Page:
One detour doesn’t cancel your destination.
- Sarah Jakes
I was at the office last night editing a story when I got this text from my dog walker: “Nice walk with the sinister.” Um, what? Winky might like to think she’s fierce enough to face down the fearsome Great Dane who lives across the street, but she’s hardly sinister.
I knew Autocorrect was the culprit. Still, it took me a while to figure out what my dog walker must have typed originally: “the Winkster,” one of Winky’s many nicknames. Of course, I could have asked, but that would have taken the fun out of it.
And most of the time, what Autocorrect comes up with is pretty funny. Take the email I got from an old friend that ended mysteriously with “socks.” She has a degree in linguistic anthropology, so I thought this might be some esoteric word play. Nope. She’d dashed off “soxo” instead of “xoxo,” and Autocorrect decided she meant to say “socks.” Well, I guess there’s warmth in both.
Then there was the time I hurriedly mistyped my name “Amu.” My iPad promptly transformed me into a large, flightless Australian bird. That’s right, an emu.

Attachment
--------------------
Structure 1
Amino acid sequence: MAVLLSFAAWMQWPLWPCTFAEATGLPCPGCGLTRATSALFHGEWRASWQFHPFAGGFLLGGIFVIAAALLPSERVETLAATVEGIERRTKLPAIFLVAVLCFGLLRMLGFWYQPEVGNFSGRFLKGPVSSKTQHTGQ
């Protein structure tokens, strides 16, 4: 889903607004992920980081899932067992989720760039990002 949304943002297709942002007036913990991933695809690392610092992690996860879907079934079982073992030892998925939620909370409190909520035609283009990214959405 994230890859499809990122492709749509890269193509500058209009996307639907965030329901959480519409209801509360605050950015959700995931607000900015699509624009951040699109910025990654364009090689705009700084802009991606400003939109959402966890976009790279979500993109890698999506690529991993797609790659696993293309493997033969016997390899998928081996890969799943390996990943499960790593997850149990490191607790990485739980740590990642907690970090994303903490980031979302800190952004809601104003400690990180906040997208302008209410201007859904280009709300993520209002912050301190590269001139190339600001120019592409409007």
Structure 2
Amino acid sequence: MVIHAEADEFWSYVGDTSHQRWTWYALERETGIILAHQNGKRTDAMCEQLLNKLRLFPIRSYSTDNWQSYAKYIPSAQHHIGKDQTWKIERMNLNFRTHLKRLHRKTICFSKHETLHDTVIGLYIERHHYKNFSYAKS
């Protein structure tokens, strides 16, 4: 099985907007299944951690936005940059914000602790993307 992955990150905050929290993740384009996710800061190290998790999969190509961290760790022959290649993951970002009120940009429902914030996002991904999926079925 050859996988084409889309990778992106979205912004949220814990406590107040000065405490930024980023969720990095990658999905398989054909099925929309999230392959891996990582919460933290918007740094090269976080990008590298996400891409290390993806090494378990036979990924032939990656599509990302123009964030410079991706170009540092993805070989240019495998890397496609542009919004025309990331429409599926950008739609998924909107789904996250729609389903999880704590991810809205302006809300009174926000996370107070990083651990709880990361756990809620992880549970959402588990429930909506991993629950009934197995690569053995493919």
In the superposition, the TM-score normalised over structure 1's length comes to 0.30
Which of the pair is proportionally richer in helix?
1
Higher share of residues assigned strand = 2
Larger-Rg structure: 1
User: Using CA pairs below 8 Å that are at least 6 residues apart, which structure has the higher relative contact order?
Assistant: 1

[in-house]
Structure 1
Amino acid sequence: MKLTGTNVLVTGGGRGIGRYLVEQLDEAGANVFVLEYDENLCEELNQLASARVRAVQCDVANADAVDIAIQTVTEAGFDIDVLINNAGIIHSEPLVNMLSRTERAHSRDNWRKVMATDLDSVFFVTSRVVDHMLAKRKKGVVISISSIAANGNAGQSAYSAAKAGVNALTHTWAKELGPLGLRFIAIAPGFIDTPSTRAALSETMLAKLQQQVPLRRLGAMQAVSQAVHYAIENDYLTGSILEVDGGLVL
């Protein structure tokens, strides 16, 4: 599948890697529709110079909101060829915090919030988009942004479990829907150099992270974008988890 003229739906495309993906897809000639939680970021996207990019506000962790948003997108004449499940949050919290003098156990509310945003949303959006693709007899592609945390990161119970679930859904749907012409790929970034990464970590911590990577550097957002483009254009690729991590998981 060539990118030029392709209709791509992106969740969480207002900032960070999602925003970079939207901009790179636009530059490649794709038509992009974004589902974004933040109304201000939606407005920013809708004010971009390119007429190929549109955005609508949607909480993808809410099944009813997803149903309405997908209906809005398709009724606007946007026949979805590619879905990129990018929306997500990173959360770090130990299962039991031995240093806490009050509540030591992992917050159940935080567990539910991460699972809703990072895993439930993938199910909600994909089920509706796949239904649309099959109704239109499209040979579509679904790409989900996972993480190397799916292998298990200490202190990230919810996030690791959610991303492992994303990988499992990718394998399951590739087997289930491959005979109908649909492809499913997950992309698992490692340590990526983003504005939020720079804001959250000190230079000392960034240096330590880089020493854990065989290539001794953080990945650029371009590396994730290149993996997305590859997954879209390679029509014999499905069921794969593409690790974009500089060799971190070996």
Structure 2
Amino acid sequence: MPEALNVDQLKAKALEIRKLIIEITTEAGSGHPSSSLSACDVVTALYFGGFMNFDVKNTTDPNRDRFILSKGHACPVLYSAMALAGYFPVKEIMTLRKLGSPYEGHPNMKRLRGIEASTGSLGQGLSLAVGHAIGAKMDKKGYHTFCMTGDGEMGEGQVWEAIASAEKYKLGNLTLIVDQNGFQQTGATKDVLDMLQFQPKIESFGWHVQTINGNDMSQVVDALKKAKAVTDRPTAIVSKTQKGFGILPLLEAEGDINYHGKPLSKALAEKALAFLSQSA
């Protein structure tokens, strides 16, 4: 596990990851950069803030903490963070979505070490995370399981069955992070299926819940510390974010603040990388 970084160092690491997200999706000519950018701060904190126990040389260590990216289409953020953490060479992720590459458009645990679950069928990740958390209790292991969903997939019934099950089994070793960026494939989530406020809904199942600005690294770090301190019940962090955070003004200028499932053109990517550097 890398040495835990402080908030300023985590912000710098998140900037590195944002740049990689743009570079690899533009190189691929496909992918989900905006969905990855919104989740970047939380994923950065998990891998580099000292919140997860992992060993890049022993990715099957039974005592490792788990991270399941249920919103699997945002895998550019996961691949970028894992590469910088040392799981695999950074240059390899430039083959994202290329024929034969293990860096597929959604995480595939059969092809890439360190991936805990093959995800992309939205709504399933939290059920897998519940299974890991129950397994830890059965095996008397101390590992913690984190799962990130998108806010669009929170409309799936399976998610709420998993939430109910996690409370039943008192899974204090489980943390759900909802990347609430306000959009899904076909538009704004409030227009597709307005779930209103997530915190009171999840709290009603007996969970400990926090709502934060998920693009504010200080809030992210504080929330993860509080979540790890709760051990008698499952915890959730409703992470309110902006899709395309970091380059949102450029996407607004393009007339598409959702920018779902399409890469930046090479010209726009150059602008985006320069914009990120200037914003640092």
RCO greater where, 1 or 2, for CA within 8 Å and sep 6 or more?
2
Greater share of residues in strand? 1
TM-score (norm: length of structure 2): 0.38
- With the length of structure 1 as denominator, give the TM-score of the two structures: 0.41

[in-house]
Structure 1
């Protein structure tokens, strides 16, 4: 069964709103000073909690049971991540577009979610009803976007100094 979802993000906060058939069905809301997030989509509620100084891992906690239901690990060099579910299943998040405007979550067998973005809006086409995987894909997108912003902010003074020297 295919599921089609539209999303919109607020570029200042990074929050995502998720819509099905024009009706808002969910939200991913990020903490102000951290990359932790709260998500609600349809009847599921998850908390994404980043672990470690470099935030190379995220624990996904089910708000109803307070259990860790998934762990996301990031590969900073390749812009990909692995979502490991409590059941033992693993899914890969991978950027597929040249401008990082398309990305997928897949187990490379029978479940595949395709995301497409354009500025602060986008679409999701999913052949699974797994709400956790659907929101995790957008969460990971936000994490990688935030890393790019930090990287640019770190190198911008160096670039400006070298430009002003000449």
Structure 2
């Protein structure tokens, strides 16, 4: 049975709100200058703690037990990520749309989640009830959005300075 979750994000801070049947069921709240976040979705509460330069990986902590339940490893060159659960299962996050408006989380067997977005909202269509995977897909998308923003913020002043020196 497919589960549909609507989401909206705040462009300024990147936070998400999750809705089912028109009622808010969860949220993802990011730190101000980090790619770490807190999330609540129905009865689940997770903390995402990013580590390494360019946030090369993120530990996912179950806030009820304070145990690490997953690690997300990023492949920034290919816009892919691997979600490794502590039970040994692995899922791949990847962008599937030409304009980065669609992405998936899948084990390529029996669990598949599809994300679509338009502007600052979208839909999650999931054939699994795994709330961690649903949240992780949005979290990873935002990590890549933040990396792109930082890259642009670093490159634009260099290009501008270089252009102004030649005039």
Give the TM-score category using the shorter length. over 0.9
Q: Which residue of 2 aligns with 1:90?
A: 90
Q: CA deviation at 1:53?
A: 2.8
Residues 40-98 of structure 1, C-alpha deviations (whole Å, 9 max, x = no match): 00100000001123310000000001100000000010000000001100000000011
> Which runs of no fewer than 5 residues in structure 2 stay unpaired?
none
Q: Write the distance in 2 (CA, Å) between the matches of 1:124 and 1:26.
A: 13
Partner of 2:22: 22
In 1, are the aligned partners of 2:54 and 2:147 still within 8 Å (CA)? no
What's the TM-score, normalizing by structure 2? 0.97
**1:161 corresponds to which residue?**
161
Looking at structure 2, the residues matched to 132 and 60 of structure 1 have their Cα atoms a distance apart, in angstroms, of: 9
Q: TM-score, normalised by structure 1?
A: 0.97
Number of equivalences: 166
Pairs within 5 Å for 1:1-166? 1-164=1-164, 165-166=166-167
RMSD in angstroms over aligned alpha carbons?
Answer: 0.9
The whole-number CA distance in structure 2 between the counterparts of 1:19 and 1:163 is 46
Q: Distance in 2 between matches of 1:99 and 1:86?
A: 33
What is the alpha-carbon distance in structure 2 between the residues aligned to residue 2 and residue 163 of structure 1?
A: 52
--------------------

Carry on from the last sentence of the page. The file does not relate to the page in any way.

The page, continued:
I have to give Autocorrect credit, though. Sometimes it really can read my mind. I started typing “Happy weekend” and only had to get three letters in before it realized my true intention: “Nap.”
What does all this have to do with positive thinking? I’m not sure. Maybe it’s just a good reminder to not always be in a rush. Taking the time to say what you mean and mean what you say, even in something as transitory as a text message, makes you a more positive person.
Now it’s time for the sinister emu to wish you a nap. You know what I mean, right?
Amy Wong is the executive editor of Guideposts and was a founding editor of Positive Thinking. She lives in New York City with her adopted dog, Winky, a natural-born positive thinker who believes that everyone has a treat for her and every day is the best day of her life. Amy hopes to be that optimistic someday (she’s working on it!).